Pemmican is a trail food with a high energy content. It contains a mixture of meat, fat and various other ingredients. Pemmican originated with the North American indigenous people, who mixed ground dried meat with fat and dried berries to make a food both long-lasting and high in energy.

As polar explorers and the military became aware of pemmican, it became a central part of provisioning expeditions throughout the 19th and 20th centuries. Roald Amundsen used it on all his expeditions.

On the Gjøa expedition, they used pemmican consisting of 50% beef fat and 50% horsemeat, which was dried, crushed and mixed together. In the book about the expedition, Amundsen later wrote: “Pemmican tastes excellent, takes up little space and can be eaten raw, fried or cooked. Especially as provisions on a sledge expedition, it is invaluable”. 📜

During the Fram expedition and the sledge journey to the South Pole, Amundsen used a pemmican with added oatmeal and peas. This provided more fibre and made the pemmican more nutritious. In addition, the dogs had their own pemmican with fishmeal and more fat. The rations for the men during the South Pole journey were originally 350 grams but later increased to 450 grams, which provided around 5000 calories. The pemmican was cooked as a stew mixed with hot water.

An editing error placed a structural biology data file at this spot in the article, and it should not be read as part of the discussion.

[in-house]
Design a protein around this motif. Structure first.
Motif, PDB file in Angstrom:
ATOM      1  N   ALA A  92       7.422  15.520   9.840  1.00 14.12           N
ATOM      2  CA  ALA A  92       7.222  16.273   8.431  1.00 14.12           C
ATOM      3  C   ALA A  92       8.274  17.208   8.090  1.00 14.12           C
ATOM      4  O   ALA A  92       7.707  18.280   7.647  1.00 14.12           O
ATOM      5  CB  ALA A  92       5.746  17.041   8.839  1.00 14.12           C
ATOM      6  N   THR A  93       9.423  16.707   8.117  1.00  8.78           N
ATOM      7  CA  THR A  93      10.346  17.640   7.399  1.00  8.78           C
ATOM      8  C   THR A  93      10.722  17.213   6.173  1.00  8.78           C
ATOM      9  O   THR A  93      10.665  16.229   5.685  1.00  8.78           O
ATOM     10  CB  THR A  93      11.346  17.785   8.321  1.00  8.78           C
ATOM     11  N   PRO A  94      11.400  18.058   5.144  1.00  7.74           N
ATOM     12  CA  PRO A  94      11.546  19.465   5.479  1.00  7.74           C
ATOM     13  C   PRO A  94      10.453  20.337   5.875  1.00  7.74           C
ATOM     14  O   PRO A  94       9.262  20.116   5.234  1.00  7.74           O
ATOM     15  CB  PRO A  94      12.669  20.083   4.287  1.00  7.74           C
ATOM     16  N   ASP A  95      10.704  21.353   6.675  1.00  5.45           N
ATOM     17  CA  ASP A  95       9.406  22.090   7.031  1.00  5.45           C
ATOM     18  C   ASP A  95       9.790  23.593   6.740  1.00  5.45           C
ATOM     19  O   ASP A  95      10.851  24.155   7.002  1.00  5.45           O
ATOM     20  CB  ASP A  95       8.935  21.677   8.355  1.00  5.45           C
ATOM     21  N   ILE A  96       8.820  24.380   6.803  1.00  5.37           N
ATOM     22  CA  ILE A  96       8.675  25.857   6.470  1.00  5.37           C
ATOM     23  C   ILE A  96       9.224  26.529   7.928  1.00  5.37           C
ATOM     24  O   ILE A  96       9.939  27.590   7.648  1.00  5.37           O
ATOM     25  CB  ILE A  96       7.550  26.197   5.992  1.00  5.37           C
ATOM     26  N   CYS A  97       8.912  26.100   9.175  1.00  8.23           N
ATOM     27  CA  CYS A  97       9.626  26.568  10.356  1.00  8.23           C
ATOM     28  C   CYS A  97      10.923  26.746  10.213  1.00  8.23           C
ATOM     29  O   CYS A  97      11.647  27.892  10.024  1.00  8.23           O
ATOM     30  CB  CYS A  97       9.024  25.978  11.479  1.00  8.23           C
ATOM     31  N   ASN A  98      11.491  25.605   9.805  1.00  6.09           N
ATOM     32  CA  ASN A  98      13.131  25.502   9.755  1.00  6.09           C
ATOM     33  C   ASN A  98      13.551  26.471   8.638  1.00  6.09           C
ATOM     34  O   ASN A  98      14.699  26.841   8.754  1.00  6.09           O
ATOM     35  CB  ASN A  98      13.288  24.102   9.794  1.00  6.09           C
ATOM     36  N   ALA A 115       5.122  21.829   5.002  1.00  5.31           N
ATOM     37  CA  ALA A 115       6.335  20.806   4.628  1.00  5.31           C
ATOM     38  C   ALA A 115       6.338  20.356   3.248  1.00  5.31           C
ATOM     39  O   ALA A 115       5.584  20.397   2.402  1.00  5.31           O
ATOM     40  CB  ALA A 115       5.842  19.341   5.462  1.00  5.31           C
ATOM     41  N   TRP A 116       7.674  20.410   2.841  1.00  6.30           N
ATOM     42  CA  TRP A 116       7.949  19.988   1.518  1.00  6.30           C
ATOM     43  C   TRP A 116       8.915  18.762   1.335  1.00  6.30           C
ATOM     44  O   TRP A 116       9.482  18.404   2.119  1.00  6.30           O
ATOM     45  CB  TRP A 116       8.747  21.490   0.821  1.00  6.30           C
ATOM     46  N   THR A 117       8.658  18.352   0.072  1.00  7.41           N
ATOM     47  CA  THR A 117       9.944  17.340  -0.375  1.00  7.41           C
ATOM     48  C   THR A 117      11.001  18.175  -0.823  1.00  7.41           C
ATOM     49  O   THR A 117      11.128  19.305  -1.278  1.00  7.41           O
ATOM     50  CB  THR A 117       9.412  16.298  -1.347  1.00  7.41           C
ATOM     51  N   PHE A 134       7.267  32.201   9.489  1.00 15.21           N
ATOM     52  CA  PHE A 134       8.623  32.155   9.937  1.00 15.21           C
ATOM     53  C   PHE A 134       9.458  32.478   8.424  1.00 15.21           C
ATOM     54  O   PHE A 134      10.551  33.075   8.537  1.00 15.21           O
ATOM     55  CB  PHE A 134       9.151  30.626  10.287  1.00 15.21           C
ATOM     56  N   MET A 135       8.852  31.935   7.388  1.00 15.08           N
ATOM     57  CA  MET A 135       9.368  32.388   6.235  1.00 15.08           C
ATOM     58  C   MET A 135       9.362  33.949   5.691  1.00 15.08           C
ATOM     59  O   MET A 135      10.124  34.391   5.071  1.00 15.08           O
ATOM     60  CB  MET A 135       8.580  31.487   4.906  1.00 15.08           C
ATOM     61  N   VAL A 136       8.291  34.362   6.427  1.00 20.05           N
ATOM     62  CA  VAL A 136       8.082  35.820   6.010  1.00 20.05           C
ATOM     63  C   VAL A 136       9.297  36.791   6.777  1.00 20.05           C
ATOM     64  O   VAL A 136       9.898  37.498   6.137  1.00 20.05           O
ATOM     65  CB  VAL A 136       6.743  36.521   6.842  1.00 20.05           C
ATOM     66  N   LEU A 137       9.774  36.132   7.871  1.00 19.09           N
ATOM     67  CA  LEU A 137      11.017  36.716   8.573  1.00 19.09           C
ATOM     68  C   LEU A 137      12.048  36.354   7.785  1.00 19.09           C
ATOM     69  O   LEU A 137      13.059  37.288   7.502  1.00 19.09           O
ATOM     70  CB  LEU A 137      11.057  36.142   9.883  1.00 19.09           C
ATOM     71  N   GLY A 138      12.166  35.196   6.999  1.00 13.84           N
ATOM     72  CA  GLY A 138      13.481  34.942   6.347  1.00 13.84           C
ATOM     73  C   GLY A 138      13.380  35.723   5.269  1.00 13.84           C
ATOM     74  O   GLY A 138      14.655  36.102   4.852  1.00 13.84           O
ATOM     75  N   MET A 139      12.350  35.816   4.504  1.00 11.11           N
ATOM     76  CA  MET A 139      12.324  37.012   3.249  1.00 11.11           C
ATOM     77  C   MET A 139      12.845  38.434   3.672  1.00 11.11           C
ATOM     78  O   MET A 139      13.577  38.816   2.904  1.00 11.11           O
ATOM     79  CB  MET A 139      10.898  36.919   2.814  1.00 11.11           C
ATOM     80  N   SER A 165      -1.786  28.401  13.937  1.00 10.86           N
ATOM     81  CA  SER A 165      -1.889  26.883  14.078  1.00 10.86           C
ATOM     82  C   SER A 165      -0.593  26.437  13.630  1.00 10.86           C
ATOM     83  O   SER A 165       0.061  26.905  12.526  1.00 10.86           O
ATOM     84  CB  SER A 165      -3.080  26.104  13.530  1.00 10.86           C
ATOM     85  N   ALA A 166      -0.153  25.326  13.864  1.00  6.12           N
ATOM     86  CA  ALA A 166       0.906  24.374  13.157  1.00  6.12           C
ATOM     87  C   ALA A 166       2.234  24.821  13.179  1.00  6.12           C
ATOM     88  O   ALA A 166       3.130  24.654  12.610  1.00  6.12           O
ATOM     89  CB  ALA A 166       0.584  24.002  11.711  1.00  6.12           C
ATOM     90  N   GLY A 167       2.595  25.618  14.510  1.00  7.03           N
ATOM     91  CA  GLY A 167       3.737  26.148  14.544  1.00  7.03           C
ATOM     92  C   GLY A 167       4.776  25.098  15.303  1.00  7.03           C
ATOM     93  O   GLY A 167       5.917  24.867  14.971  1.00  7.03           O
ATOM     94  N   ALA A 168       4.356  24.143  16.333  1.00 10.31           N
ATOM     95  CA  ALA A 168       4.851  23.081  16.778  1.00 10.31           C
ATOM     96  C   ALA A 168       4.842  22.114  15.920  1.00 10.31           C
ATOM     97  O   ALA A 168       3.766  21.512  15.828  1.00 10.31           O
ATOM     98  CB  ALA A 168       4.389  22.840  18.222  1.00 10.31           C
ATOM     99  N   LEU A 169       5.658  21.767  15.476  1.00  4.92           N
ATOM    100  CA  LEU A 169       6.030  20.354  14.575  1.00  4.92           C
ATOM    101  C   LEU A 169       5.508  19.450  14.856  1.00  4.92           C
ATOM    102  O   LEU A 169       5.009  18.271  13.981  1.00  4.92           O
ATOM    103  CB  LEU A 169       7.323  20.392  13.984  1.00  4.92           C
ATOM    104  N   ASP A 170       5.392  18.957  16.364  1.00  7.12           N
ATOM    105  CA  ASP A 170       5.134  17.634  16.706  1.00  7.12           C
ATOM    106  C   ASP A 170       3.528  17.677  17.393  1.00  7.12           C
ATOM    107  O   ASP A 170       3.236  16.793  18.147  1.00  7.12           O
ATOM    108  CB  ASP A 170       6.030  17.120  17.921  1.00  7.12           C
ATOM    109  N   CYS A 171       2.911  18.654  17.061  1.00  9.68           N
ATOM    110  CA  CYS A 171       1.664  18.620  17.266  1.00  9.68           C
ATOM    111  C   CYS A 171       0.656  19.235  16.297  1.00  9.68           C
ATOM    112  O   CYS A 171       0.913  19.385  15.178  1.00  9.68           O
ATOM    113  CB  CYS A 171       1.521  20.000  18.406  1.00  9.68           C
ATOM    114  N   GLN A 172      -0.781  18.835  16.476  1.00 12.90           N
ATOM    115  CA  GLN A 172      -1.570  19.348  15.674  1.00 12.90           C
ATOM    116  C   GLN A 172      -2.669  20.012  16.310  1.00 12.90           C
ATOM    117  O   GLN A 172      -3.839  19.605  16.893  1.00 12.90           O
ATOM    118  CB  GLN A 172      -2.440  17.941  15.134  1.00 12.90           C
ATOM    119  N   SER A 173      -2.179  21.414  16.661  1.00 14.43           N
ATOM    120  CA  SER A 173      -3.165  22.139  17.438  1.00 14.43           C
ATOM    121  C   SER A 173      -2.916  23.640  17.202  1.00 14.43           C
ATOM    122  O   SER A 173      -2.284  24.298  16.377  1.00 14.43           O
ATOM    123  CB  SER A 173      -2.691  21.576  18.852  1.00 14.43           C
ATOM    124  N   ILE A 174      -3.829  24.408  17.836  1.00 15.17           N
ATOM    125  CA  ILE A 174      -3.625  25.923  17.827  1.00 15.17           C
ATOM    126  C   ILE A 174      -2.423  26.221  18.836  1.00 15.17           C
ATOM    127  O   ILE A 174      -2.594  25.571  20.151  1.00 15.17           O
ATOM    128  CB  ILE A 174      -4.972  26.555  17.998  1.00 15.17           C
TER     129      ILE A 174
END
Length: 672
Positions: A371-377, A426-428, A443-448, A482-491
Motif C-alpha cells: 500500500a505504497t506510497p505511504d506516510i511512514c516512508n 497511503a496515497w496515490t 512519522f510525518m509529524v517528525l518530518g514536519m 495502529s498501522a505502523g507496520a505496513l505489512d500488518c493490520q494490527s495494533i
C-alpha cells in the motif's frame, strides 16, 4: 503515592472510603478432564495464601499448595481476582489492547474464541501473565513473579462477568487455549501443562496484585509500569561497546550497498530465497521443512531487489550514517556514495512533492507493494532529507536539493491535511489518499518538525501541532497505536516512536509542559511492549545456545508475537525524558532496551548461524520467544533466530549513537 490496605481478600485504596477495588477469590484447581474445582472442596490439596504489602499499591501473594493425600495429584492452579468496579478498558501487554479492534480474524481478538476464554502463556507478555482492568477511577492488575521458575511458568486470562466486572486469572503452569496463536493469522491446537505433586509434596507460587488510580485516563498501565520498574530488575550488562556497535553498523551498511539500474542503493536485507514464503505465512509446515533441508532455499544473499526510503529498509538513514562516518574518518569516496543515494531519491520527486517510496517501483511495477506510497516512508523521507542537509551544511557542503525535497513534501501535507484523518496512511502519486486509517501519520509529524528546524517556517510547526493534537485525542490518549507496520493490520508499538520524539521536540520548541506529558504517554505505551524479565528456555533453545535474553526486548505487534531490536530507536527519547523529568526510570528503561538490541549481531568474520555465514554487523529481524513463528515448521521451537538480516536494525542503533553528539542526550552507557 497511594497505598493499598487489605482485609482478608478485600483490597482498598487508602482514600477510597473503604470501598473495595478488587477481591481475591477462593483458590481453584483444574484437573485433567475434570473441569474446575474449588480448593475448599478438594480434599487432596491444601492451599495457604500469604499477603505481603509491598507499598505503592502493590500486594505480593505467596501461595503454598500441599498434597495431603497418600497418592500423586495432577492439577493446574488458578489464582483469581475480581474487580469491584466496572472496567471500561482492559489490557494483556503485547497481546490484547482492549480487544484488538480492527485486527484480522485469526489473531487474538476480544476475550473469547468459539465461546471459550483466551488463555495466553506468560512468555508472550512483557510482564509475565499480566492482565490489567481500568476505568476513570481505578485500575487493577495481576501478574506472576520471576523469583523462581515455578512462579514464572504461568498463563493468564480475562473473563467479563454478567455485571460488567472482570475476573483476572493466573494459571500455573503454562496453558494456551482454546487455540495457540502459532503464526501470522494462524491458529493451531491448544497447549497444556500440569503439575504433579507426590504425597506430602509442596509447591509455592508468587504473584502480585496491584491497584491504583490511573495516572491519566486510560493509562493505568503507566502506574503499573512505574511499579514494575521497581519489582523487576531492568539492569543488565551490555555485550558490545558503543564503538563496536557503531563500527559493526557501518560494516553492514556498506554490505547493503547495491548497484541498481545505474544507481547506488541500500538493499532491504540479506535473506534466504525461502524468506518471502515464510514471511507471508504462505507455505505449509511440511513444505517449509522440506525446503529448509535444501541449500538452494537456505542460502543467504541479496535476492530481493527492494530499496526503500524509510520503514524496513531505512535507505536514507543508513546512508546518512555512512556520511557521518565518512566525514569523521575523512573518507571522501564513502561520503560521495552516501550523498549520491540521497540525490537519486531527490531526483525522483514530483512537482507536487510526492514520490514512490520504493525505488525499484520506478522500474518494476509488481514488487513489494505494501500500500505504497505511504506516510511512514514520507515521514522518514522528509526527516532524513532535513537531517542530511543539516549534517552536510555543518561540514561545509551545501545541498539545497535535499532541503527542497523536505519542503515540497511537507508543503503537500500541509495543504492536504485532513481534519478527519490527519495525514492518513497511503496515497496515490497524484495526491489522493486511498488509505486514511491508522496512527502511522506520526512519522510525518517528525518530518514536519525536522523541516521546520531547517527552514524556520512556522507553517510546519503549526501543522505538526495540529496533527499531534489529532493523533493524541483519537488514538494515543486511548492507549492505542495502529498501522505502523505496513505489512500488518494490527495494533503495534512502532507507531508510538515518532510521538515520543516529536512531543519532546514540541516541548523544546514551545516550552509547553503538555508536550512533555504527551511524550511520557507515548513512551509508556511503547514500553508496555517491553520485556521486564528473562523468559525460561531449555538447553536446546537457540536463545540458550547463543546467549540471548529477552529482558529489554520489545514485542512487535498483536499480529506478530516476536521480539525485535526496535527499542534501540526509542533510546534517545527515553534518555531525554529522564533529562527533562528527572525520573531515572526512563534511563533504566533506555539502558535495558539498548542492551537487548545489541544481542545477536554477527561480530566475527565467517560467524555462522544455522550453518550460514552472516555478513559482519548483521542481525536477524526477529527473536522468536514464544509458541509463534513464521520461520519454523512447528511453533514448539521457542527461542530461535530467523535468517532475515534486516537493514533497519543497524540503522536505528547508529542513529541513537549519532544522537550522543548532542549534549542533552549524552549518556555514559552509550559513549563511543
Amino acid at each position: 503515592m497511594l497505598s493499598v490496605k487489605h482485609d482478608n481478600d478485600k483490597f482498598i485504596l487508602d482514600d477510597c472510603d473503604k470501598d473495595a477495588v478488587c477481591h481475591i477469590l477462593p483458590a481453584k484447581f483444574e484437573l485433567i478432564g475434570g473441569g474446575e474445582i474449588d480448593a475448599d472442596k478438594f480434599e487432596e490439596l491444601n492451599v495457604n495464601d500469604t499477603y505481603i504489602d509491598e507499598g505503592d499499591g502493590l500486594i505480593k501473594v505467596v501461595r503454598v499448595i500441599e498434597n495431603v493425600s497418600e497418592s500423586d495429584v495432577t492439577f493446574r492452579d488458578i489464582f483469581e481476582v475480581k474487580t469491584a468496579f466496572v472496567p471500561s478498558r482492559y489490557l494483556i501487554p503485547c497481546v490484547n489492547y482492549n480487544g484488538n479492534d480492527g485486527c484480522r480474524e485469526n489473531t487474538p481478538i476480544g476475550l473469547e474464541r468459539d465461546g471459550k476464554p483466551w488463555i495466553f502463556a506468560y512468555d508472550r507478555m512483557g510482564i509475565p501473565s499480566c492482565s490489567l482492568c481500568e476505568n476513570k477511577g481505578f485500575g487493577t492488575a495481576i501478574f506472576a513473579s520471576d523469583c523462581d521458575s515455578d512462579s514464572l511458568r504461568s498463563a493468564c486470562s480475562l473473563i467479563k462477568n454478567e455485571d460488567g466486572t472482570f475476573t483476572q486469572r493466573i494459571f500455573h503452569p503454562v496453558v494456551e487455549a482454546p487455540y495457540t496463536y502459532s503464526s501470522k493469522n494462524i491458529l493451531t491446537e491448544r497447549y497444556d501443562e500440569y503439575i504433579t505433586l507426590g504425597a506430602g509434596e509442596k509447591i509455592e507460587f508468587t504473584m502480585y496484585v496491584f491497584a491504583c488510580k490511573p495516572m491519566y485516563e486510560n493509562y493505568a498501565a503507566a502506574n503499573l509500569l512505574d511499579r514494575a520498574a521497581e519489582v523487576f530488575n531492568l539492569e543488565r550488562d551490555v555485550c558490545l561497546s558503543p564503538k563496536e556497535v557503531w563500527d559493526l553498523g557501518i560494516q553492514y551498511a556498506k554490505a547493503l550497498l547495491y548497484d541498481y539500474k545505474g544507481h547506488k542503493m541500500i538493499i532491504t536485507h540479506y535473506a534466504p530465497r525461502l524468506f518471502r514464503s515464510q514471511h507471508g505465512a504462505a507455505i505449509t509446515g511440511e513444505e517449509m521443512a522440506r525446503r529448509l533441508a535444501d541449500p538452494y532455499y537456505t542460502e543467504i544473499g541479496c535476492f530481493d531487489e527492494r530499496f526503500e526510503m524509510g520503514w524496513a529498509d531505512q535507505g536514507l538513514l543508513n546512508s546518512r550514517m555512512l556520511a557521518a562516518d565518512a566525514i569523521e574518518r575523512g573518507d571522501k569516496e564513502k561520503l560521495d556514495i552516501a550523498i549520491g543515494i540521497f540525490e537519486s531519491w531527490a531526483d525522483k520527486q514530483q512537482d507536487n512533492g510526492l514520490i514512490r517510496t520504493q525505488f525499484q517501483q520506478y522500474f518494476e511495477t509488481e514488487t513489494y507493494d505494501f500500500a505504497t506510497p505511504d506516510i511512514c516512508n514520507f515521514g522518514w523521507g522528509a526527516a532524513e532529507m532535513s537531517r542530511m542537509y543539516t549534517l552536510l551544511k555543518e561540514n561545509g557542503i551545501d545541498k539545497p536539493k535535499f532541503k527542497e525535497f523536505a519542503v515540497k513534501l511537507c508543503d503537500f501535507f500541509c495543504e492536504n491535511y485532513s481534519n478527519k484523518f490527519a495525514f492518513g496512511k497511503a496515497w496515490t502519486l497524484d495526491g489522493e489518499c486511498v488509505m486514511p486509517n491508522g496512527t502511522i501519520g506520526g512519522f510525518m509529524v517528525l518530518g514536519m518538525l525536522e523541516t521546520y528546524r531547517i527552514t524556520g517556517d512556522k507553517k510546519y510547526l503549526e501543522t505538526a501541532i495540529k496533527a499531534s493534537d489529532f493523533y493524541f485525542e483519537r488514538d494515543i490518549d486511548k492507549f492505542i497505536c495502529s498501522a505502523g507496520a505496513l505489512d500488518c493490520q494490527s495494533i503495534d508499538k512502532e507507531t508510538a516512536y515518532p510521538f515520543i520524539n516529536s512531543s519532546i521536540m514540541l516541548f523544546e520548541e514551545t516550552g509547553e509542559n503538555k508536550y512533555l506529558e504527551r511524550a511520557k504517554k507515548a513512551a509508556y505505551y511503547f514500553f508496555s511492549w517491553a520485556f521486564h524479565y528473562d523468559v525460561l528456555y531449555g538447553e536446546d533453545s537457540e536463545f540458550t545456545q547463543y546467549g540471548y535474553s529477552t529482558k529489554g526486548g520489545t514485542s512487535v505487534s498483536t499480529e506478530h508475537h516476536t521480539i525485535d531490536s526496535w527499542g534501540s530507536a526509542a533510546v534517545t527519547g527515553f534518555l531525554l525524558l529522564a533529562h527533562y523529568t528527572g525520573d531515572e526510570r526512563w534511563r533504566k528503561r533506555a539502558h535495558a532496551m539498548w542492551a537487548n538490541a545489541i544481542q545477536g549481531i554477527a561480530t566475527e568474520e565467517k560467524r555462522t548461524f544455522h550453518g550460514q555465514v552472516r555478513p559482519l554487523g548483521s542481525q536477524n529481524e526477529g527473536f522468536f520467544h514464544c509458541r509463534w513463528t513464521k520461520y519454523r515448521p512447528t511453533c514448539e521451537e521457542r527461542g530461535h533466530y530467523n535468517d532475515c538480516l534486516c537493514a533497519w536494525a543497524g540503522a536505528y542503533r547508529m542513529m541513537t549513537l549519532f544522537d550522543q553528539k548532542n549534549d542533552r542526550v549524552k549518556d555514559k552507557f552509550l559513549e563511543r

On the flight to 88 degrees north in 1925, Amundsen took pemmican from De danske Vin & Konservesfabrikker. The ration during the expedition was to be 400 grams of pemmican per man per day but was reduced during their unplanned stay on the ice.


Dry meat at a low temperature and grind it to a powder. Do the same with vegetables and mix. If desired, other ingredients such as oatmeal, peas, berries can also be ground and added to the mixture. Stir everything in liquid fat and pour it into moulds. Once the mixture has set, it can either be enjoyed directly, mixed in hot water and served as a stew, or packed in vacuum bags for a later feast.

Pemmican from the flight to 88 degrees north in 1925. Photo: National Library of Norway.